Architects have designs on Venice

 

IRELAND'S PARTICIPATION in the 11th International Architecture Exhibition, Venice Biennale, this autumn, was announced by Minister for the Arts Martin Cullen yesterday.

Nine Irish architectural practices are heading to the exhibition, starting on September 14th, with projects that will explore the central role of space in our society and show aspects of Irish politics, society and culture. It will include films on the dismantling of the Maze prison, by Dara McGrath and Robinson McIllwaine, and a study of how Irish church buildings have changed since medieval times, by Gerry Cahill Architects.

"Buildings speak of us as a society and define us," said the Minister, promising that the new Abbey Theatre would "go ahead in my time".

As well as showing the world a bit about Irish society, the "Lives of Spaces" exhibition gives Irish architects a rare enough chance to show their work on a world stage and most of the nine practices are basing their projects, which comprise films, on their own built work, or on family homes.

Simon Walker and Patrick Lynch's story surrounds the holiday home of Robin and Dorothy Walker in west Cork, "which has played a crucial role in the cultural life of the nation over many decades", not least through its political and artistic visitors, which included Séamus Heaney.

This is the fifth time Irish architects have shown at the exhibition and for some of this year's participants it marks a return. Tom de Paor kicked off the Irish involvement in 2000 with a small building of peat briquettes, donated by Bord na Móna, which got plenty of publicity.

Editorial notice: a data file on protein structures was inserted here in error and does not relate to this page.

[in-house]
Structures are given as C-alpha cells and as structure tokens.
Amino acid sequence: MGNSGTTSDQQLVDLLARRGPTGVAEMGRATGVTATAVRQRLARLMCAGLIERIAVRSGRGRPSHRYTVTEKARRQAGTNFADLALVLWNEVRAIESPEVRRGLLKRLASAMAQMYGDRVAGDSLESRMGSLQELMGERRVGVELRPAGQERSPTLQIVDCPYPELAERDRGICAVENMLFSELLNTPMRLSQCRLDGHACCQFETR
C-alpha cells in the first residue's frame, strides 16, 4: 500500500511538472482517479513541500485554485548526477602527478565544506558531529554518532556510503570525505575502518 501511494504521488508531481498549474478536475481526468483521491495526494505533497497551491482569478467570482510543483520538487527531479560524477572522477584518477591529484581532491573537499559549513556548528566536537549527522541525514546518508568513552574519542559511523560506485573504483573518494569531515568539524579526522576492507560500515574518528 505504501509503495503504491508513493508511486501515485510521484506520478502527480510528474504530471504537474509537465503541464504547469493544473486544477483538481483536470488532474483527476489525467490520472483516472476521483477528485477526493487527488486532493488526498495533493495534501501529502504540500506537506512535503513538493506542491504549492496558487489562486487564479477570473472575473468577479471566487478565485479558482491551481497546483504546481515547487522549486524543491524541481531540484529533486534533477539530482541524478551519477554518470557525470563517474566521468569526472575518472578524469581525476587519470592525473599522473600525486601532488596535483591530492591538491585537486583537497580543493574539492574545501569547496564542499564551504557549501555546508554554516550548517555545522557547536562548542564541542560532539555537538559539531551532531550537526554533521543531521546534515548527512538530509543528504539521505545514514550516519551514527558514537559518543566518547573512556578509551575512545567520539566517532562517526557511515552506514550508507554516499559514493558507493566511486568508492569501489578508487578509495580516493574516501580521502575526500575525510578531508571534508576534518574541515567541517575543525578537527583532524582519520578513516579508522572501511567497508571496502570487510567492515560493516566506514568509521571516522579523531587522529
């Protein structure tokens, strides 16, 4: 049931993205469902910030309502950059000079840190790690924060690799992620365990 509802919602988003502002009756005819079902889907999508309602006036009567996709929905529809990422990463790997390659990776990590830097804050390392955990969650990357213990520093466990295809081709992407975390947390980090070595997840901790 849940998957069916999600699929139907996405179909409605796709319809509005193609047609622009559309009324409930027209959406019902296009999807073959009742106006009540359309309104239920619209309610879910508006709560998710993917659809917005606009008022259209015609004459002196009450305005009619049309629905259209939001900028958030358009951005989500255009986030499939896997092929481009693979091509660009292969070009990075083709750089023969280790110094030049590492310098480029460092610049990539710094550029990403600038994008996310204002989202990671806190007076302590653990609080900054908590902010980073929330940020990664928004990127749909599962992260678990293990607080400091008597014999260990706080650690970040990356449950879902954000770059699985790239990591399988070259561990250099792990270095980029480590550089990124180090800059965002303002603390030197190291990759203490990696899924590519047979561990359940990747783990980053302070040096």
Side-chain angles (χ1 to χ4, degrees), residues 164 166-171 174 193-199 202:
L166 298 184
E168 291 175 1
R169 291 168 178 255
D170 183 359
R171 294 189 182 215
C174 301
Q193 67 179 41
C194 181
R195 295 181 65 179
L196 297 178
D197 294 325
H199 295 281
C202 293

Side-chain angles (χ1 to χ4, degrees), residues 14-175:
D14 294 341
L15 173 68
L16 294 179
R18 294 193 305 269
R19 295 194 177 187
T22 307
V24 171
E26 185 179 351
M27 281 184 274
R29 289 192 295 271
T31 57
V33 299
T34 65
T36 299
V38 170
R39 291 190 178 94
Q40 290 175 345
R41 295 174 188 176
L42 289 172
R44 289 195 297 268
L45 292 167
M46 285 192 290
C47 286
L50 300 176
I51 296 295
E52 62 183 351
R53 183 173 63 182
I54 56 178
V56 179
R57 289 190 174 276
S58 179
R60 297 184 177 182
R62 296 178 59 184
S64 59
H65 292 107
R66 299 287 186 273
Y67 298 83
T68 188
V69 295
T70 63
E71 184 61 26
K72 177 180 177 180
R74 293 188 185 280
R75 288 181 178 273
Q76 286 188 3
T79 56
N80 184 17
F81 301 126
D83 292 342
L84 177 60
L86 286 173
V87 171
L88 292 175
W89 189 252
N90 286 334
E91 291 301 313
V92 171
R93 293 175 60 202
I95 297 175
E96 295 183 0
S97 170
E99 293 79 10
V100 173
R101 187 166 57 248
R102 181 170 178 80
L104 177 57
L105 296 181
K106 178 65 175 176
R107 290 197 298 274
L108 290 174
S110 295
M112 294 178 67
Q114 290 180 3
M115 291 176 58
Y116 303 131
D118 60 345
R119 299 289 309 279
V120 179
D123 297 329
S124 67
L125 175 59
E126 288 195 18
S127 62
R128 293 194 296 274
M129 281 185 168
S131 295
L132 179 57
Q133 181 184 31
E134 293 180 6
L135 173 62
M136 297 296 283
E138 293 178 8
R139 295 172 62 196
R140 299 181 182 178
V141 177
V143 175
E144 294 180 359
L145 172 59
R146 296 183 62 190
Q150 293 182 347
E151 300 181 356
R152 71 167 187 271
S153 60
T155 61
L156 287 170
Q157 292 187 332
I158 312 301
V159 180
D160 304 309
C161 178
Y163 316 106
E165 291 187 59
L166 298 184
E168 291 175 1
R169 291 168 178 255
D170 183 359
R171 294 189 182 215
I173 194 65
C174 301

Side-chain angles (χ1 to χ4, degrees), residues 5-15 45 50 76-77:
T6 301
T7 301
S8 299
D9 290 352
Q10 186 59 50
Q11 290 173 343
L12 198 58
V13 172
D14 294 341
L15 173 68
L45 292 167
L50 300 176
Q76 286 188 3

In 2002 Bucholz McEvoy charted their building of Limerick County Hall and in 2004 O'Donnell and Tuomey (back this year) went with their Letterfrack Furniture College Project - all three practices are now recognised internationally. Two years ago Ireland had its first group showing, curated by FKL Architects, which received critical acclaim abroad.

Other practices visiting this year include Hassett-Ducatez with its Youth Centre in Tallaght; McCullough Mulvin and its Waterford Library; Taka which is charting the house move of a Dublin family; and Grafton Architects, with its designs for the Department of Finance building on Merrion Row, Dublin, and the Luigi Bocconi University, Milan.

The Lives of Spaces, curated by Nathalie Weadick, director of the Irish Architecture Foundation, and Hugh Campbell of UCD, is a deep and meaningful exhibition title, said Cullen,

"All of our daily lives are affected by architecture. It can bring all sorts of emotions, and make us happy, uplifted or sad - something all great artistic people can do," he added.